Steiner University: George Bodenheimer

There’s something that we’ve been doing at Steiner Sports over the last year that I need to tell you about. It’s called, “Steiner University,” where we have speakers come in to talk to our staff, along with our partners at the New York Yankees, to gain insight into how they’ve built their businesses and how we can improve our daily lives. I love the business insights that have come out of this and I love the personal lessons we’ve been privy to. 

From Jeff Gitomer, Peter Shankman, Joe Sweeney, Bill McDermott, Mitch Modell and others, this series has kept our staff fresh and motivated to attack the workday. Recently we had another speaker that did the same. It was George Bodenheimer, the former President of ESPN whom I interviewed a few weeks back about his new book, “Every Town is a Sports Town.”

Here are the three most important lessons I took out of that conversation. 


It’s okay to make a mistake, as long as it’s an honest mistake.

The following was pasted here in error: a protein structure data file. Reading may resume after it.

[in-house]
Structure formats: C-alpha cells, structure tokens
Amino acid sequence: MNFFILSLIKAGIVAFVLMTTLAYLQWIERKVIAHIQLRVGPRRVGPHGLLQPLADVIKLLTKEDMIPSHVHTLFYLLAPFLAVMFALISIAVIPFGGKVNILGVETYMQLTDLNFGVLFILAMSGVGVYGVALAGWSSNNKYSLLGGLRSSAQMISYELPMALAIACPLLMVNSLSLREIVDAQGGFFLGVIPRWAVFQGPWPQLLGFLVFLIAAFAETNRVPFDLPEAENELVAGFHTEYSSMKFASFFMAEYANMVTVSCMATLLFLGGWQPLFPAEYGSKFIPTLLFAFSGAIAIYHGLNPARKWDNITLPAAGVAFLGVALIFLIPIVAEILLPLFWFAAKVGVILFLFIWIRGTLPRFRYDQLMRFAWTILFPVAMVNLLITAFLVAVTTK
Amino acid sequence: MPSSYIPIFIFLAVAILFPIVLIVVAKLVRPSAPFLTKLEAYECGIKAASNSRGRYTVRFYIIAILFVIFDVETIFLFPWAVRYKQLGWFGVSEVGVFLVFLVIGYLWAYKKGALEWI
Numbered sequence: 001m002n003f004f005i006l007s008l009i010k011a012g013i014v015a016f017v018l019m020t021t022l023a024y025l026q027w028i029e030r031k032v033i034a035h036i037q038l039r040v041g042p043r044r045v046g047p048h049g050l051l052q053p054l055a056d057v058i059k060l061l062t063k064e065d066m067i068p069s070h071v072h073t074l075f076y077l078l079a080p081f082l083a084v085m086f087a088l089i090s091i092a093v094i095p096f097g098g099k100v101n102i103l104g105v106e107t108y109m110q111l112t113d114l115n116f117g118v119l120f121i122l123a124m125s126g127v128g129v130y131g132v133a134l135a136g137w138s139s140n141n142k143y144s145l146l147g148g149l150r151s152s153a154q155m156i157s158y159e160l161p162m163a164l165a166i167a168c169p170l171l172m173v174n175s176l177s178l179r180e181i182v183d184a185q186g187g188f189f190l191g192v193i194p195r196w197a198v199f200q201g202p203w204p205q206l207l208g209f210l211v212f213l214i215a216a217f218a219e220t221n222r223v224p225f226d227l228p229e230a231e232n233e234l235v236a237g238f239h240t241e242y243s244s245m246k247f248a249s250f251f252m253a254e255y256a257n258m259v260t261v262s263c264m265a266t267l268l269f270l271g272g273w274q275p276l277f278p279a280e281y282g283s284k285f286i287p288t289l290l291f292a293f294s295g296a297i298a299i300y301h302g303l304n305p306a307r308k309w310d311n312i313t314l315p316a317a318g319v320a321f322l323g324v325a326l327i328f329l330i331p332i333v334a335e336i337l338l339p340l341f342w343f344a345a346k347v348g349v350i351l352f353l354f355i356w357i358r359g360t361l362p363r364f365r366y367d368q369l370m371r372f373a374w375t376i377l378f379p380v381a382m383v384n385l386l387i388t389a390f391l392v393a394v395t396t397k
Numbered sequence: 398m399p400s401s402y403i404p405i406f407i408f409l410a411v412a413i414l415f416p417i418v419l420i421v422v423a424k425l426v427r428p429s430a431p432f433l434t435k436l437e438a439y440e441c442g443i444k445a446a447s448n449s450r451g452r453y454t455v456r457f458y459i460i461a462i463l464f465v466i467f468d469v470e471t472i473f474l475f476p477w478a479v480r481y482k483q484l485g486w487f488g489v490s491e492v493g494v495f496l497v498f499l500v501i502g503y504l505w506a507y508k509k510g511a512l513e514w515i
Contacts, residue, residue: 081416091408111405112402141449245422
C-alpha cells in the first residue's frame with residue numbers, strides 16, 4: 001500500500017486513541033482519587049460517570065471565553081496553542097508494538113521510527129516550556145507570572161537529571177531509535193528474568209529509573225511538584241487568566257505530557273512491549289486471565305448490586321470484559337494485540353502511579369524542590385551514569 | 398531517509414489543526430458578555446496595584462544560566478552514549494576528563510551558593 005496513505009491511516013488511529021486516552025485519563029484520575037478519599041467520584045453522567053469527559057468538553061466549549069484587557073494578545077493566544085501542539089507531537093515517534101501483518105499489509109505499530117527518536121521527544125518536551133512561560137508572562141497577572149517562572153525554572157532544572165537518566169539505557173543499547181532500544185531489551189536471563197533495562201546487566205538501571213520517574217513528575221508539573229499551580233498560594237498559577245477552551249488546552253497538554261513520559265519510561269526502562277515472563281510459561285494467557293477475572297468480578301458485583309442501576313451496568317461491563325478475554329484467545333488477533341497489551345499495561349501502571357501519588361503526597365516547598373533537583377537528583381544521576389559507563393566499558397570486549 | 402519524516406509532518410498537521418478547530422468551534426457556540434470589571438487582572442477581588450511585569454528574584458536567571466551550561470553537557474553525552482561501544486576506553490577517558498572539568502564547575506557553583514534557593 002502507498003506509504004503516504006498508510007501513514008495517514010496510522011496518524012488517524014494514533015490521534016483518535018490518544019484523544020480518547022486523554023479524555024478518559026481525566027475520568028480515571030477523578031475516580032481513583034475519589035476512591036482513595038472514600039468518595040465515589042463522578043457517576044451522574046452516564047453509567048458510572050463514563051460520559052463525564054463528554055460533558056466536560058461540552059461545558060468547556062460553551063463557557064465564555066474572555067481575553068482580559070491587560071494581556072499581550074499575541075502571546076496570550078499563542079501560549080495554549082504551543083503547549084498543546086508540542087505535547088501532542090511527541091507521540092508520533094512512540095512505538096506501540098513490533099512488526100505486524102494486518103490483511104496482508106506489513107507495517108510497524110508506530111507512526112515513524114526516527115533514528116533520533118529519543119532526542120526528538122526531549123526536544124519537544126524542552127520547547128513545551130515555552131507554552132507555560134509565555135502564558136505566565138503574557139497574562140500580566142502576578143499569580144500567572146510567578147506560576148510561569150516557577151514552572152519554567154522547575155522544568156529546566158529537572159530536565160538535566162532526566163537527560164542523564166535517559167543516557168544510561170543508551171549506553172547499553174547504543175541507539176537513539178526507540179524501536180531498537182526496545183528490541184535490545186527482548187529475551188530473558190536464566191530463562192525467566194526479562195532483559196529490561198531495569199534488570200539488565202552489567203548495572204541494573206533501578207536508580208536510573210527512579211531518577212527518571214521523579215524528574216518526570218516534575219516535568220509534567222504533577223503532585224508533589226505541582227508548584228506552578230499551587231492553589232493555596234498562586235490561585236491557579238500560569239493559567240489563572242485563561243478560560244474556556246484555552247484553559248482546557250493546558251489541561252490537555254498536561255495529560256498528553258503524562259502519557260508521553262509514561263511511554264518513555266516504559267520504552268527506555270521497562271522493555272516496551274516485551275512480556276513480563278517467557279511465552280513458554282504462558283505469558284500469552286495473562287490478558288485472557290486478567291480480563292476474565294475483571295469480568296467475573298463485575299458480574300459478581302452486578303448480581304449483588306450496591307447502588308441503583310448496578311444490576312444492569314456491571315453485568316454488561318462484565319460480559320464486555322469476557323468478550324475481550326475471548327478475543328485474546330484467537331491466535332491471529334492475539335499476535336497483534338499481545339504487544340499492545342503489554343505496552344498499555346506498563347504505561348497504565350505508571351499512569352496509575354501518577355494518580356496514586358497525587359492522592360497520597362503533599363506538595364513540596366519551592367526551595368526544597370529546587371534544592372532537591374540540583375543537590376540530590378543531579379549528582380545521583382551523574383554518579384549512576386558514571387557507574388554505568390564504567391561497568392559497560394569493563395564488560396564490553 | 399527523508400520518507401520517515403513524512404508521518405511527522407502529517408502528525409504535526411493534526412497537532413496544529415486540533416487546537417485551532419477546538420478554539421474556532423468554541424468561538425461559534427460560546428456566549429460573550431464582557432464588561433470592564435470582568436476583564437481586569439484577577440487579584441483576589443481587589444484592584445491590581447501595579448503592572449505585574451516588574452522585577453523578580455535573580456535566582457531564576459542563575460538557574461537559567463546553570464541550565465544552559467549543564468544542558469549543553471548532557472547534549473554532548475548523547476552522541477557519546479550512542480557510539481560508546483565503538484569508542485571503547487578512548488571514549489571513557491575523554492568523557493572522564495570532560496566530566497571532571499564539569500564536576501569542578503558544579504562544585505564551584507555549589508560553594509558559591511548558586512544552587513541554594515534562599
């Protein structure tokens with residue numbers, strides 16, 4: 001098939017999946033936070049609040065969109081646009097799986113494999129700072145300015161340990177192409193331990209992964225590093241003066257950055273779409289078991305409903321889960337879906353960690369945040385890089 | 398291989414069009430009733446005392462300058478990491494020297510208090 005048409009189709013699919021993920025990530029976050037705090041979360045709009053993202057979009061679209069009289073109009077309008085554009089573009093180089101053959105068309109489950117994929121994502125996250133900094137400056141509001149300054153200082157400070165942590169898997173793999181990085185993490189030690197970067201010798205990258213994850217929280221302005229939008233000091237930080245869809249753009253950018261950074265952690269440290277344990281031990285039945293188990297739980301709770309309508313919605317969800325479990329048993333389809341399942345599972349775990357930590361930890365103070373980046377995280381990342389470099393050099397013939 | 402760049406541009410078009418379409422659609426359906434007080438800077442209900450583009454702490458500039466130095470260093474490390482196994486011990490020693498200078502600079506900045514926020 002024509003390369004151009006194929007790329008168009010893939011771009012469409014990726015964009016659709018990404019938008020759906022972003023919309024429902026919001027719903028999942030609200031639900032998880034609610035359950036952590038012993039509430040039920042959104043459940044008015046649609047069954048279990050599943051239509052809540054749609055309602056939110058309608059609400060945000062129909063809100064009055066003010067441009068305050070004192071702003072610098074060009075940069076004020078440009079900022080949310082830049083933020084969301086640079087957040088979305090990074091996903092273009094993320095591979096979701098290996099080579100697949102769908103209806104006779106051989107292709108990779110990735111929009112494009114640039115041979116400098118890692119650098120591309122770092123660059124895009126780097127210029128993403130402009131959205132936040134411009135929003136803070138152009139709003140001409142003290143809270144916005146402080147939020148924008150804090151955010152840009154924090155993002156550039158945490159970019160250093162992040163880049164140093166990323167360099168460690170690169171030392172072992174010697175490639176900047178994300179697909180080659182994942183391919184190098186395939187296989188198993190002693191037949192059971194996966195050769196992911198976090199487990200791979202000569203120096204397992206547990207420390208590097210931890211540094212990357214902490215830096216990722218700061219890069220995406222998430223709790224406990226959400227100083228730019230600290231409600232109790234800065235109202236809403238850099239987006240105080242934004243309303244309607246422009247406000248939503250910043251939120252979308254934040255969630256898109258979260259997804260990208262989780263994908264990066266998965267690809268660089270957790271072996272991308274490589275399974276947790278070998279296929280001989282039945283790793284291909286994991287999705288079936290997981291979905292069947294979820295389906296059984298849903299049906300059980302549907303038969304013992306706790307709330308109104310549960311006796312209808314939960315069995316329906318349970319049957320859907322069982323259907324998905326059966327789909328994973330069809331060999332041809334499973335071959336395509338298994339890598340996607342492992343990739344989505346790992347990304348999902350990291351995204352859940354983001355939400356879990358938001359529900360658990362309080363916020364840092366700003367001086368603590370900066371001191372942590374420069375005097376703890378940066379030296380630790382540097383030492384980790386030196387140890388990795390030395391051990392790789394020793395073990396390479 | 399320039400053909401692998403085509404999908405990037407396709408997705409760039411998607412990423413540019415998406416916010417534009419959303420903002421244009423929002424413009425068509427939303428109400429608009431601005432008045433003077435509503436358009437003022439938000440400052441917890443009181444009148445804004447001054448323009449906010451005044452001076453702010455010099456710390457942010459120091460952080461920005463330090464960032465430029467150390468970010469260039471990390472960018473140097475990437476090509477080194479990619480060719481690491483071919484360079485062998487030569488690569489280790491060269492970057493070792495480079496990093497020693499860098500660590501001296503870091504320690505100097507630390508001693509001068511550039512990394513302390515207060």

George drew this one from Tom Murphy, another longtime ESPN executive whom he looked up to as a mentor. He referenced ESPN’s launch of the ESPN MVP, a cellular phone that was widely considered overpriced and failure. Basically, it’s okay to make a mistake as long as you have good intentions when doing so because coming out of that mistake there is always great promise. In George’s case, the ESPN MVP failure became preparation for the digital/mobile revolution, of which ESPN is now a leader. Remember, “playing it safe is a road to the middle."

If you’re not selling something that’s different, you’re not going to sell anything.

Don’t let anyone ever tell you that your product isn’t worth the money you’re charging. That’s where a lot of business go array. They try to conform to what another company is doing, or yield to a certain expectation. When you do that you’re setting yourself up for failure. If you believe in the value of what you’re selling, your customers will, too.

Leaders are people who make other people better.

Have you ever asked yourself what the purpose of a leader is? When you think about it, how many “leaders” are there that only seem concerned with their own agenda? The true purpose of a leader is the trickle-down effect: set the tone for your people to accomplish something great. Like George said, "Leaders are people who make other people better." It doesn’t get any more simple than that.

I highly recommend you carve out an hour to watch George’s full discussion. You’ll get a fascinating insider’s look at the development of ESPN, as well as insight into how to hone-in on business success:





Leave a comment